No Plant Is an Island

02 Aug 2023

Understanding Plant Communities for Successful Landscape Design

Story and photos by KRISTIN E. LANDFIELD

“People from a planet without flowers would think we must be mad with joy the whole time to have such things about us.” —Iris Murdoch

In our April/May and June/July issues, we explored indigenous plants of the Southern Appalachians, contemplating their role in fine gardens and wild spaces alike. It’s now August. As we end these summer months, the glory of our native wildflowers paints these mountains with an impressionism no artist could render. Lazy rays of sunlight bend and lengthen—softening—while easy summer evenings shorten. Frothy purple asters and golden Solidago brim from roadside ditches, towering above fields of ocher grasses. They govern the season’s color palette, and we gladly consent, dressing our tables with the flowers’ rich hues.

In late summer, the shift in seasons announces itself more loudly with each passing day. The change is palpable. I associate these days with sticky afternoons and the buzzing racket of insects in the tall grass. For the gardener, this is a time of submission. We are more willing to acquiesce to the voluptuous garden and to its weeds—to let it be what it will for the season. It’s a time when the vegetation simply wields a stronger argument. Appropriately, the Anglo-Saxon scholar Bede described August as "Vueod-Monath” (“Weed Month”), the month of weeds, as this is the time when they grow most abundantly. One can (and should!) deadhead, weed, groom, and tidy, but the blooms remaining will give just what they have. We can loosen our industrious grasp and appreciate the warm presence the flowers so readily offer.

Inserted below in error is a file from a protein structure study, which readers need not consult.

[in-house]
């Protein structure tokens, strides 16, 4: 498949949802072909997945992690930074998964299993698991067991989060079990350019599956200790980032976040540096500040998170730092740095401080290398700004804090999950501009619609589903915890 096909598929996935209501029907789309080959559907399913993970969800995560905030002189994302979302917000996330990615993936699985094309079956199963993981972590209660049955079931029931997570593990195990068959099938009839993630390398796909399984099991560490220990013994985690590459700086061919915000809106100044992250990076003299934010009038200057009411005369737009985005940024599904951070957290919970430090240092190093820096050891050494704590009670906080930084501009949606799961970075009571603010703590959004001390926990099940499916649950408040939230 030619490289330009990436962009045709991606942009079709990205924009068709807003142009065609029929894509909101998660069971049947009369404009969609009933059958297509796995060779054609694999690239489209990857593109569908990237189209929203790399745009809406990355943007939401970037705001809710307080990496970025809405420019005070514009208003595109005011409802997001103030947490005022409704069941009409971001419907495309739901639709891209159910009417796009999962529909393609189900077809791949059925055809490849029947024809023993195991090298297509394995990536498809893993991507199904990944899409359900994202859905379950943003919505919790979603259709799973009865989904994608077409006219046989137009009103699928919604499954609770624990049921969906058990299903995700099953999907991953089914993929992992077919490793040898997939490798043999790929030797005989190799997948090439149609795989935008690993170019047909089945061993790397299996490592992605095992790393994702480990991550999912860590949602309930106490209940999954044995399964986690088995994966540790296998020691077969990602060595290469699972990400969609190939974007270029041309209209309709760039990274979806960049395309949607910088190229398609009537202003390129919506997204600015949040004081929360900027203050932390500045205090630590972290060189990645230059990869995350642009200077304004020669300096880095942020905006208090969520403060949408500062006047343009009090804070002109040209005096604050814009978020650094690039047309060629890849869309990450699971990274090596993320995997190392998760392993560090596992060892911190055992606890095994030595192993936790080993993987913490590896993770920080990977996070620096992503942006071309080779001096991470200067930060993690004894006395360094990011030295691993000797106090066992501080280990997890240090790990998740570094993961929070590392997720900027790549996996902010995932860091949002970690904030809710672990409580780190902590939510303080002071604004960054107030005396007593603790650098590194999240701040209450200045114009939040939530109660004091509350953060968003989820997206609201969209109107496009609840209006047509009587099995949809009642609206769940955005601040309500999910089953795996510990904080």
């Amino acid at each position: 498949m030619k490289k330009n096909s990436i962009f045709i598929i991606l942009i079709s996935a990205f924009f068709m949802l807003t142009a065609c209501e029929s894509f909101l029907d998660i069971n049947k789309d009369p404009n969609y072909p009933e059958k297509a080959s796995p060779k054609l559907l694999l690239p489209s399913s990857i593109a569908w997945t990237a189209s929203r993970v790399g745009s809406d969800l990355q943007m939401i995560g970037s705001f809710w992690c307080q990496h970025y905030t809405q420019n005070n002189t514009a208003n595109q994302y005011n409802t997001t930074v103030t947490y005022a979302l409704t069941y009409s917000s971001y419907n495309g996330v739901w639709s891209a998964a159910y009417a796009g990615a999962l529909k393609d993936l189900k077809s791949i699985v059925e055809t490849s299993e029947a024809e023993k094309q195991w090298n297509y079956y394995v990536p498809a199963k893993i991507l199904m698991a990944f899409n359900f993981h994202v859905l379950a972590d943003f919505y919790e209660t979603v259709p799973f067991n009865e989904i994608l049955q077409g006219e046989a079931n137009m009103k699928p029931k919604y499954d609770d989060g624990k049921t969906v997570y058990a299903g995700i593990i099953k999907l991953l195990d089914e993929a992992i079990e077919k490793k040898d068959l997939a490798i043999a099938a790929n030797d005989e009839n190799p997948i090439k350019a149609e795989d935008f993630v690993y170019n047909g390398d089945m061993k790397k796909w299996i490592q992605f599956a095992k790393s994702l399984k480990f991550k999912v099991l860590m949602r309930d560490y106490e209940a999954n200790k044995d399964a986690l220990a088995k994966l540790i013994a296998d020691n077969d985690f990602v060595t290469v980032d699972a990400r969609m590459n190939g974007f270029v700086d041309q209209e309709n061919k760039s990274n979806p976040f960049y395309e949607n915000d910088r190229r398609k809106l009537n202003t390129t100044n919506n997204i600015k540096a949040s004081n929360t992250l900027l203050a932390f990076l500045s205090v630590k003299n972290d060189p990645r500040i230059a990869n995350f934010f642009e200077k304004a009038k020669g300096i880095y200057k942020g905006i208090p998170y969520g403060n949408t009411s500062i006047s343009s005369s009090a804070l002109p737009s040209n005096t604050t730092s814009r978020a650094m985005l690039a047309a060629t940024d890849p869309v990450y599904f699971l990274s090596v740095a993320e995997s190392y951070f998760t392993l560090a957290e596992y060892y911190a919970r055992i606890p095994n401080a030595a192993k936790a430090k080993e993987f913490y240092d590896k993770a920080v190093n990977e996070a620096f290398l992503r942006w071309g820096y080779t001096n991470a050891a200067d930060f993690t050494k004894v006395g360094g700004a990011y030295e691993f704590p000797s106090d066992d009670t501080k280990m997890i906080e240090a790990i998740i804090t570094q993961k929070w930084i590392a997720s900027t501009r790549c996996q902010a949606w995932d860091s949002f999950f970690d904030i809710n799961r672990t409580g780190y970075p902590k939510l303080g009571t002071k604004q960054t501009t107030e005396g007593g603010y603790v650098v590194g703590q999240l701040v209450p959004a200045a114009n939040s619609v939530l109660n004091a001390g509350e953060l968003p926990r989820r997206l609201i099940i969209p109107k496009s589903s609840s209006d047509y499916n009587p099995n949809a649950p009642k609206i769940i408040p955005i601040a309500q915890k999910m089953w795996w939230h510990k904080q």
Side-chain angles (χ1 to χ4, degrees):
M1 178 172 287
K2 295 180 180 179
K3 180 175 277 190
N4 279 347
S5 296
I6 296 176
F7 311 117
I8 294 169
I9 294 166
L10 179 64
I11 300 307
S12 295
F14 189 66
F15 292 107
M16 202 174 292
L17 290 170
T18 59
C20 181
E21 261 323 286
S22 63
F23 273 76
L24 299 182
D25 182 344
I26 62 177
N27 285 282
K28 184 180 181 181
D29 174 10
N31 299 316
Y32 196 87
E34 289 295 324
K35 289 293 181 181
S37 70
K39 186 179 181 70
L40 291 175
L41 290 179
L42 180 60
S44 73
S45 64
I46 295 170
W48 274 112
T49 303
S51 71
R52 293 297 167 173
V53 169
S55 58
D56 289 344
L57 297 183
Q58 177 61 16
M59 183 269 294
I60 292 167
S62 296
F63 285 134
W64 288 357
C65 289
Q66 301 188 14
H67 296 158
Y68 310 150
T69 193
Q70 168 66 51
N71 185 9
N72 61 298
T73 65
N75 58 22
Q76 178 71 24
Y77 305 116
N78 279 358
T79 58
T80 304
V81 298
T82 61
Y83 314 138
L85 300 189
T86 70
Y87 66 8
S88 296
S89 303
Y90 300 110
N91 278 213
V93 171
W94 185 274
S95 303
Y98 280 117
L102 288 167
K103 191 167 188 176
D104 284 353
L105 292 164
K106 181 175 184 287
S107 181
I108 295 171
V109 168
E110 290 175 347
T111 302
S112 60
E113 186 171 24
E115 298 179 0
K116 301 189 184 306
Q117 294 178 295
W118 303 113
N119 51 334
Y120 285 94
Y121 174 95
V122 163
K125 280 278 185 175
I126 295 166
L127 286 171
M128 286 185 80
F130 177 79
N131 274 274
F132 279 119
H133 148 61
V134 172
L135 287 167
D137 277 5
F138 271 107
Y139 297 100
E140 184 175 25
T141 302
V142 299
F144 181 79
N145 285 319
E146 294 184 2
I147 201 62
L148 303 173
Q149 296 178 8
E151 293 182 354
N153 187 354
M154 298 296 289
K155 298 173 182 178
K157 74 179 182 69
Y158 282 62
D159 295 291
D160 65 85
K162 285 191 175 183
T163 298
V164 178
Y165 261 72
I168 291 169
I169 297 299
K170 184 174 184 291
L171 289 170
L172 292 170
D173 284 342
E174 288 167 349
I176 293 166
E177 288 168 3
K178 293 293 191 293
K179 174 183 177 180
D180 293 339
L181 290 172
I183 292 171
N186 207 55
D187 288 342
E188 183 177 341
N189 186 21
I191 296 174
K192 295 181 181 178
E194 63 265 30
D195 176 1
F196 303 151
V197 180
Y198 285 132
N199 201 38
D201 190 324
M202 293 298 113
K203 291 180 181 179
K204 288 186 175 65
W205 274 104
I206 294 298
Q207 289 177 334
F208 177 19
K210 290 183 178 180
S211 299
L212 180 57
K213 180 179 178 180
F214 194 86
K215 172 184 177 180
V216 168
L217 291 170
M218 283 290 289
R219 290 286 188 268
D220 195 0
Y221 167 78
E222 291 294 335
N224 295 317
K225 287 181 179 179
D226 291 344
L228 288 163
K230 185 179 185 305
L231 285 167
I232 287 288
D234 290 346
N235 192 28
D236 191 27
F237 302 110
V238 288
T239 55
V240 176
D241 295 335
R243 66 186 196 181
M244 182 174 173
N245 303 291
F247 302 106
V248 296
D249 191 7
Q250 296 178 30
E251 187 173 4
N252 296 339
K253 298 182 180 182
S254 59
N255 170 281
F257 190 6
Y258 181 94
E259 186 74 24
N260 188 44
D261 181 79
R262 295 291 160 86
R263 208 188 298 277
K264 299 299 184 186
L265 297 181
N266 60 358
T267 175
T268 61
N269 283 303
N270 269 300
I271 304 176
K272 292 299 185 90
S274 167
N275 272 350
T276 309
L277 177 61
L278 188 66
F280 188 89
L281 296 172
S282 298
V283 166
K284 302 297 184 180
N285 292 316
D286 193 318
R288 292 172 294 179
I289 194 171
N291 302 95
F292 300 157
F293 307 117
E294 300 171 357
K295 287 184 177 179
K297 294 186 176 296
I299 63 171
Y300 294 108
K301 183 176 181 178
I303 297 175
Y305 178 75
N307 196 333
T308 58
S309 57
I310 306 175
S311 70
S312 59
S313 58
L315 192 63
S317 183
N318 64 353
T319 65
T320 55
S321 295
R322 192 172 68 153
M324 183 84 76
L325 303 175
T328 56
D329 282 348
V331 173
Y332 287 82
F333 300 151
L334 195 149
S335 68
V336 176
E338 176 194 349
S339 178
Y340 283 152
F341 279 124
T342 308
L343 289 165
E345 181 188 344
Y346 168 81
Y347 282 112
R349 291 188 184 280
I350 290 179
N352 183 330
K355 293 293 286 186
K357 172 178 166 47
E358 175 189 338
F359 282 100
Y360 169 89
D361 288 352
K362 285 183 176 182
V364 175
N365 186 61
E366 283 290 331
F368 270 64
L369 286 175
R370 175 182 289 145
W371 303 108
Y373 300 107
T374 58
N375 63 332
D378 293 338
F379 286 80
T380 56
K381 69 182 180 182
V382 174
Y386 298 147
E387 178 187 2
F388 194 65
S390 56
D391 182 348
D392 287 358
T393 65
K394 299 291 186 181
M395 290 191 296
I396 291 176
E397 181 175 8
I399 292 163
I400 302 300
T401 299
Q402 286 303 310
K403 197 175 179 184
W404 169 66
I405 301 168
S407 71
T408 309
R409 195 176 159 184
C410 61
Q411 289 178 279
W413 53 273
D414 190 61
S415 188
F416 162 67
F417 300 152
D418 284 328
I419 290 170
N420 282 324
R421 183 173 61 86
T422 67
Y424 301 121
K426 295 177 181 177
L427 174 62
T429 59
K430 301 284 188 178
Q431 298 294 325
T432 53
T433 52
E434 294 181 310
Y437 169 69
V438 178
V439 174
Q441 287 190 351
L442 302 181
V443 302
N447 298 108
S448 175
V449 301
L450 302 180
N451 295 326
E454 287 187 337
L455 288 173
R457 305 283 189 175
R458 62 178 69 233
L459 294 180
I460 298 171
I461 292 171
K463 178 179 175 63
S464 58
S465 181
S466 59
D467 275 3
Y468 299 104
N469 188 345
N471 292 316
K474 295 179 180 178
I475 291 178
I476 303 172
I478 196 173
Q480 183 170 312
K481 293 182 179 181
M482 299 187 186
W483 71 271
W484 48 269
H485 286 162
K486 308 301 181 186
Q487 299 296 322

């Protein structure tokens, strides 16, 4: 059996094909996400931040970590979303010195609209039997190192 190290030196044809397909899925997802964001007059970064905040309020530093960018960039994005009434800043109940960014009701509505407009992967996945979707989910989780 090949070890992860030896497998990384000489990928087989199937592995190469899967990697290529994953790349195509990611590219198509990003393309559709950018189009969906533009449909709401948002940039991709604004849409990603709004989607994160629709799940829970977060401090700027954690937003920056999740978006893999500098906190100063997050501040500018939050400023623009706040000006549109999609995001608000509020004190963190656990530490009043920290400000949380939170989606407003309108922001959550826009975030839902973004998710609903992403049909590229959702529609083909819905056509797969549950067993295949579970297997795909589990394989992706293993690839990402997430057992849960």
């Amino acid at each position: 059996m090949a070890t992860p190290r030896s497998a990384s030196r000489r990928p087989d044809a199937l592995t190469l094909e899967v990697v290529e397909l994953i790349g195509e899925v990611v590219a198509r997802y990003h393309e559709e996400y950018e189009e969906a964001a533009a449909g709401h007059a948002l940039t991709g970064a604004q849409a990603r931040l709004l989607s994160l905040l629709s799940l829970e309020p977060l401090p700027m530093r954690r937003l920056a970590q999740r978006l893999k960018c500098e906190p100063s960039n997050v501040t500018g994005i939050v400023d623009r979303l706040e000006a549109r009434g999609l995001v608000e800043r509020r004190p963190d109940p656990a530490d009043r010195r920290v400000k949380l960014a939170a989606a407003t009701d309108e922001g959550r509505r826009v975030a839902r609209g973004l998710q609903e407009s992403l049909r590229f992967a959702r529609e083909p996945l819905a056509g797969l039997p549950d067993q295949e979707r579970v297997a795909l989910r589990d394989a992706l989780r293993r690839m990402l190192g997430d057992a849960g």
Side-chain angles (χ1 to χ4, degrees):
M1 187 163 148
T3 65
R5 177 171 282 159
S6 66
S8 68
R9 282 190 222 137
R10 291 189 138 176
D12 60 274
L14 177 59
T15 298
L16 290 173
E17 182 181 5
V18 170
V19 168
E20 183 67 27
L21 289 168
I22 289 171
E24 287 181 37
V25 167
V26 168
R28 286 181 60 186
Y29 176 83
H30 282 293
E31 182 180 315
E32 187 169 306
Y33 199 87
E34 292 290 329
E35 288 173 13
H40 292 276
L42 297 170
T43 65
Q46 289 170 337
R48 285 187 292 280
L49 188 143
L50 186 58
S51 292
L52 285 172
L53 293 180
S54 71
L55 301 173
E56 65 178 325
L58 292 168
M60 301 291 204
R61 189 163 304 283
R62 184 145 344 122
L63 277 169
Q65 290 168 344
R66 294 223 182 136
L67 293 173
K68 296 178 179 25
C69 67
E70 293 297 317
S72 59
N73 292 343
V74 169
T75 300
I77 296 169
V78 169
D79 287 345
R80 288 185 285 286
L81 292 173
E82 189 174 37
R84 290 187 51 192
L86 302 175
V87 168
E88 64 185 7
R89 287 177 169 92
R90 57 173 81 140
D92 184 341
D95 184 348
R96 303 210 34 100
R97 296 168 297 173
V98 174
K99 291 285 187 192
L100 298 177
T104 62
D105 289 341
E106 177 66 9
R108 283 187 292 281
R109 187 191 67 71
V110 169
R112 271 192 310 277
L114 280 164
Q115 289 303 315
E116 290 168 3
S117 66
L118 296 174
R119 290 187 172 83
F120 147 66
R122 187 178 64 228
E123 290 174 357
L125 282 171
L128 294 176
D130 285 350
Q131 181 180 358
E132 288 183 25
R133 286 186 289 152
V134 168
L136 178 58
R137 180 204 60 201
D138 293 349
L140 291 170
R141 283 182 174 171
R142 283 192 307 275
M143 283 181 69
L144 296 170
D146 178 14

As we enjoy these last notes of summer, it’s good to observe our native surrounds and take stock.  Along hiking trails and neighborhood sidewalks, the ground plane offers the same wisdom Bede did in the 7th century: weeds abound. It’s easy to get caught up wrestling these weeds in cultivated spaces, but their insurgence is a sage teacher as much as it is a nuisance. The message: plants cover the ground plane. Eventually, plants will inhabit any space with even a crack to penetrate. Their persistence is irrefutable. Recognizing this inevitability is useful in understanding design and management of gardens and landscapes.

About a month ago, I was walking by a washed-out swath of mulch that spilled into a topographical depression. I could see this was recently planted and knew the mulch-logged indentation in the landscape was designed to receive and manage stormwater. Over a relatively large expanse of space, there were about 12 perennials and grasses—all good native species for our area and well-selected (in theory) to drink up excesses of water. Conceptually, this method is an excellent expression of horticulture solving environmental complexities in manufactured spaces. These plants (a couple of Iris, some goldenrod, bluestem and coneflowers) were dotted in little islands between exposed arroyos in the mulch. They seemed like they’d just been plopped there, amidst poor soil and good intentions. Chances are, though, someone put a lot of thought and effort toward this project. The outcome was unsatisfactory and static—each plant left striving on its own. “Those plants look lonely,” I thought.